Facing these new economically-rooted realities and challenges is what sustainability is all about. We must preserve and restore natural systems that provide priceless eco-system “services”. Achieving more hydrological predictability depends on it. This means halting wetland drainage, no matter how small, and shifting to more ecologically-resilient and protective agriculture. It means quickly shifting to renewable energy that doesn’t further degrade the landscape and contaminate waterways and the atmosphere. It means restoring lakes, large and small, from Lake Winnipeg to Saskatchewan’s Pasqua Lake, that are “being strangled” by industrial and urban pollutants.

There are success stories. Lake Constance, straddling three European countries, has been restored over 30 years at a cost of $2 billion. This primarily required reducing agricultural run-off and improving standards and practices for urban waste water treatment. Does this sound familiar? It should, for it’s what is so urgently needed in southern Saskatchewan, if the Qu’Appelle Valley waterways are to be restored. Just how can the province justify an $80 million grant to Regina for a new stadium while providing nothing for the city to upgrade its sewage treatment?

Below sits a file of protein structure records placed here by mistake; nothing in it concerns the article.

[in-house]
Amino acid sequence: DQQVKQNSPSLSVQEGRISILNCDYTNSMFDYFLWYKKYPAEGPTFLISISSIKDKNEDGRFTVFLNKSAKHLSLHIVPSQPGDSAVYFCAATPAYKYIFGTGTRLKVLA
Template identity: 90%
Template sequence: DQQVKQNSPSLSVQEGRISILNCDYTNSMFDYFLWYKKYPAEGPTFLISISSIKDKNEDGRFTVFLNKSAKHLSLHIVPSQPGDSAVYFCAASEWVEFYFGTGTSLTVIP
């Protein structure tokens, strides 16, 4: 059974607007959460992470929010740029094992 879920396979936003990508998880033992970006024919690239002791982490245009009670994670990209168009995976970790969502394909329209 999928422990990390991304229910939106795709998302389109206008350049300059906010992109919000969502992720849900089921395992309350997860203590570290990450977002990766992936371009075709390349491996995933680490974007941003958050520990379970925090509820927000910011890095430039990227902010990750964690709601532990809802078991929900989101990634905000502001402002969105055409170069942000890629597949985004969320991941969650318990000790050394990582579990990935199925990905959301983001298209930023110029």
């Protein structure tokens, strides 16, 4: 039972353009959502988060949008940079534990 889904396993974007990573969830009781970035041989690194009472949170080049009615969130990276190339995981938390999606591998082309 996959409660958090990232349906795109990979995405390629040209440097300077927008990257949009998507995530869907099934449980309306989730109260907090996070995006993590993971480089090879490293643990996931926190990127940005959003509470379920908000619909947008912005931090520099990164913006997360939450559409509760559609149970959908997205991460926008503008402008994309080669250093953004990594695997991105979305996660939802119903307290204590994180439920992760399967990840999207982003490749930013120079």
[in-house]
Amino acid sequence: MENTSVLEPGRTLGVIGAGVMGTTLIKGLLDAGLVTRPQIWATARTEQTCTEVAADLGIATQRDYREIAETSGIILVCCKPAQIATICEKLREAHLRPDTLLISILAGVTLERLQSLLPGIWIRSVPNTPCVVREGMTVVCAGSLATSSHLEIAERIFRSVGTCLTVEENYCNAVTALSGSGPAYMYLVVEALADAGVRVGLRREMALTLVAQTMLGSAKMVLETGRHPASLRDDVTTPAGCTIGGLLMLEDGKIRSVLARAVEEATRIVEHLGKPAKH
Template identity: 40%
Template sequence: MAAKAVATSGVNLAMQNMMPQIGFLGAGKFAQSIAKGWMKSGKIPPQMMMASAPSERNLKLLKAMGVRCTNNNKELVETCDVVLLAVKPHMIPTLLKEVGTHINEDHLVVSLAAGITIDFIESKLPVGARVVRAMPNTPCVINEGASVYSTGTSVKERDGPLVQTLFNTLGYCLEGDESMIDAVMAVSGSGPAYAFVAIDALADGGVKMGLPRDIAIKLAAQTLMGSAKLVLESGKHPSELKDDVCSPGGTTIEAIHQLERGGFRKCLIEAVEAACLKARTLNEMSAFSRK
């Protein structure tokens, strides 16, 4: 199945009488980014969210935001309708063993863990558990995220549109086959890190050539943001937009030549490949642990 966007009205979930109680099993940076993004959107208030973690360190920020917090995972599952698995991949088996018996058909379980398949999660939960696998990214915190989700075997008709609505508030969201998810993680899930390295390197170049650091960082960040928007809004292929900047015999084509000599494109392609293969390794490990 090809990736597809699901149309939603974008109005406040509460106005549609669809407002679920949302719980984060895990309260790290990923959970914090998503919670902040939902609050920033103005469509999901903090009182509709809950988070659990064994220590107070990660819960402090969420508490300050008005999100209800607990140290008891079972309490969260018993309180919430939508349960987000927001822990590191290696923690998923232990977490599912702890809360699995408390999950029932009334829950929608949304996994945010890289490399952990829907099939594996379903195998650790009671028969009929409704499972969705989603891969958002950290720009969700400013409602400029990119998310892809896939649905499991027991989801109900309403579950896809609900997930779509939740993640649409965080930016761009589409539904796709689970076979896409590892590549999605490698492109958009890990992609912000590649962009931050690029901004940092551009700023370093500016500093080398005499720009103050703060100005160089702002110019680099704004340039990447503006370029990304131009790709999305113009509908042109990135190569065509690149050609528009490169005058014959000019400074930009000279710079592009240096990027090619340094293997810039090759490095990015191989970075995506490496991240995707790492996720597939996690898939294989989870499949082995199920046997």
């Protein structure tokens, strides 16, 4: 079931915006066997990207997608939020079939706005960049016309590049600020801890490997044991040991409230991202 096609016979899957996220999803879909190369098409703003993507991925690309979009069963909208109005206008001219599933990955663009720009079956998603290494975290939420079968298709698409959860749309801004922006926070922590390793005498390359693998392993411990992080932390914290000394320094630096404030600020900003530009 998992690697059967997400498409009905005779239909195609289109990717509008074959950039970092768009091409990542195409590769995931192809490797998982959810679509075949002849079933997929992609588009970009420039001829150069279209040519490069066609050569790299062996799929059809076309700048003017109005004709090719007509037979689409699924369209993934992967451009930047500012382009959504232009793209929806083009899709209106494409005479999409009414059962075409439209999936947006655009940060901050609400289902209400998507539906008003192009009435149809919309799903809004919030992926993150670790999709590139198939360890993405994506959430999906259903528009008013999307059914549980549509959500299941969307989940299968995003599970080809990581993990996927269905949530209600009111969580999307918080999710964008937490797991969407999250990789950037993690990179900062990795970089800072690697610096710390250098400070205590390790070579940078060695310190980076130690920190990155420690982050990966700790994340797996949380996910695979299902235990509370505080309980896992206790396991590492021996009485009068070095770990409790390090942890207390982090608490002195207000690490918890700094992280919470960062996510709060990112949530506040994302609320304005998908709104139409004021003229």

Restoring the ecological health of Lake Winnipeg will be a much larger national challenge, for it is 45 times bigger than Lake Constance, but we must get on with it. Harper’s hostility towards science and his environmental cuts and deregulation won’t help!

We are slowly learning how past economic systems degraded regional natural systems which in turn brought devastation to social and cultural systems. For the first time in human evolution this process is occurring on a global scale. When we look at how we use and treat water on the prairies, and what has happened to Lake Winnipeg, we see that regardless of the party in power, “business as usual” is neither viable nor acceptable.

Note: You may wish to view “Save My Lake” online at CBC’s “The Nature of Things”.